In spite of the ongoing government shutdown, the Internal Revenue Service will issue refunds to taxpayers even if the federal government doesn’t reopen into the filing season, the White House said Monday.

“Tax refunds will go out,” the acting director of the White House Office of Management and Budget, Russell Vought, told reporters at a briefing.

But it’s unclear how the IRS will issue refunds without the staff to process taxpayer returns.

Due to the shutdown, a thinly staffed Internal Revenue Service said last week it wouldn’t be able to issue refunds and other functions. But political pressure prompted the Trump administration to reverse that policy.

As tax season begins to roll around, the IRS is not responding to taxpayer questions. Also, the IRS as of Monday still has not announced an official start date for the 2019 filing season. Typically, the start of the tax-filing season begins in mid to late January.

The IRS continues to operate on a partial basis from funds not tied to its expired annual appropriations. While tax-reform implementation is funded through September 2019, this year’s tax-filing season is up in the air.

The IRS released a Fiscal Year 2019 Lapsed Appropriations Contingency Plan before the shutdown, but it accounted only for IRS operations during the first five days of lapsed appropriations.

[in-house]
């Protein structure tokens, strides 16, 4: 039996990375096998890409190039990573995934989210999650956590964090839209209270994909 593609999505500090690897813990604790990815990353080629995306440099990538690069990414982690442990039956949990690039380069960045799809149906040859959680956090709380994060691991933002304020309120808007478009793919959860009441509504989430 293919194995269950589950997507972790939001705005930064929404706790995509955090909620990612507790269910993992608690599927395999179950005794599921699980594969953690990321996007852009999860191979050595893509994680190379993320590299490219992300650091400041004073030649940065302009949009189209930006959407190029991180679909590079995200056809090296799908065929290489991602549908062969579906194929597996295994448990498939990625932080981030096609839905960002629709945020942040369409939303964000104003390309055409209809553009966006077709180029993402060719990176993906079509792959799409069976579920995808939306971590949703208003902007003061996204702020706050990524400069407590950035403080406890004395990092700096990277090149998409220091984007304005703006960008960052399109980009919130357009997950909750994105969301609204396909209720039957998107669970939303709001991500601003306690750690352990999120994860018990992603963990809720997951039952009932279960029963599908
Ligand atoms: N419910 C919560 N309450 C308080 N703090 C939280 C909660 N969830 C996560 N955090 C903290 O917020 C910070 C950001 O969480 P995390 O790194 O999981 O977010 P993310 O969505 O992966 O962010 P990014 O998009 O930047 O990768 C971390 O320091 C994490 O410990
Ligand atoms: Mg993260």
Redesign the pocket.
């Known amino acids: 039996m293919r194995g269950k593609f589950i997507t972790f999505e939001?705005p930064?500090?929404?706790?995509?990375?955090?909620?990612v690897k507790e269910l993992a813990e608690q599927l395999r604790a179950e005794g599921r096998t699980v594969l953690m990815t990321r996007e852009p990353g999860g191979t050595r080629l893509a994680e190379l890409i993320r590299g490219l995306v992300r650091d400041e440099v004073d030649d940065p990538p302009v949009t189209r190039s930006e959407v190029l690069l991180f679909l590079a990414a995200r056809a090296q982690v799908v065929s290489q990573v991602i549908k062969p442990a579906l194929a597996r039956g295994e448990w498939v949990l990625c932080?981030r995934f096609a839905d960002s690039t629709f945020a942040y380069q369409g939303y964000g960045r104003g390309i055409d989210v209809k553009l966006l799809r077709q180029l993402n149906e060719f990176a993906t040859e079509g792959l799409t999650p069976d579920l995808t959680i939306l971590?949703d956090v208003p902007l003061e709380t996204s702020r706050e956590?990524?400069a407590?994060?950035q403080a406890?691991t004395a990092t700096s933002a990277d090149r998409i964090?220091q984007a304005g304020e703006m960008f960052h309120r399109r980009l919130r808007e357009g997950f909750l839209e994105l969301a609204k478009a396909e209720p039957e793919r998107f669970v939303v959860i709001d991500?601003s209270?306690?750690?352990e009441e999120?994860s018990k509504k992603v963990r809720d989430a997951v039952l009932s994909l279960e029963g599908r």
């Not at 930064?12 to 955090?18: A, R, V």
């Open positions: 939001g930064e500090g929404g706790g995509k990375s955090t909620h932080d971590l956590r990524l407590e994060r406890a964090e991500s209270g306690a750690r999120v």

Under that plan, the IRS will continue to process certain tax returns with payments and accept disaster relief-related transcript requests. However, several key operations would be discontinued during the 2019 tax-filing season if the shutdown persists.

Generally, IRS functions include:

  • tax refunds
  • processing of transcripts (except related to disaster relief)
  • audits
  • processing amended returns or Form 1040X

Tax refunds generally are not issued until 15 to 30 days after taxes are filed.

In addition, this year’s refunds will likely be smaller, said David Zalles, a Blue Bell CPA and tax preparer.

“Most people used to getting a refund of $2,500 to $3,000 in prior years may be in for a big surprise when they prepare their 2018 tax returns,” he said. Because of the latest Trump tax reforms, the new Tax Cuts and Jobs Act limits many deductions and eliminated personal exemptions.

“The average reduction in federal income-tax withholding will probably result in limited refunds for most low- and middle-income taxpayers," Zalles said.

For those wishing to learn more about the new tax code, there are several upcoming seminars in the area. THe PICPA will host a seminar Thursday, Feb. 7, at Spring Mill Manor. For more information, or to register, visit the PICPA’s website: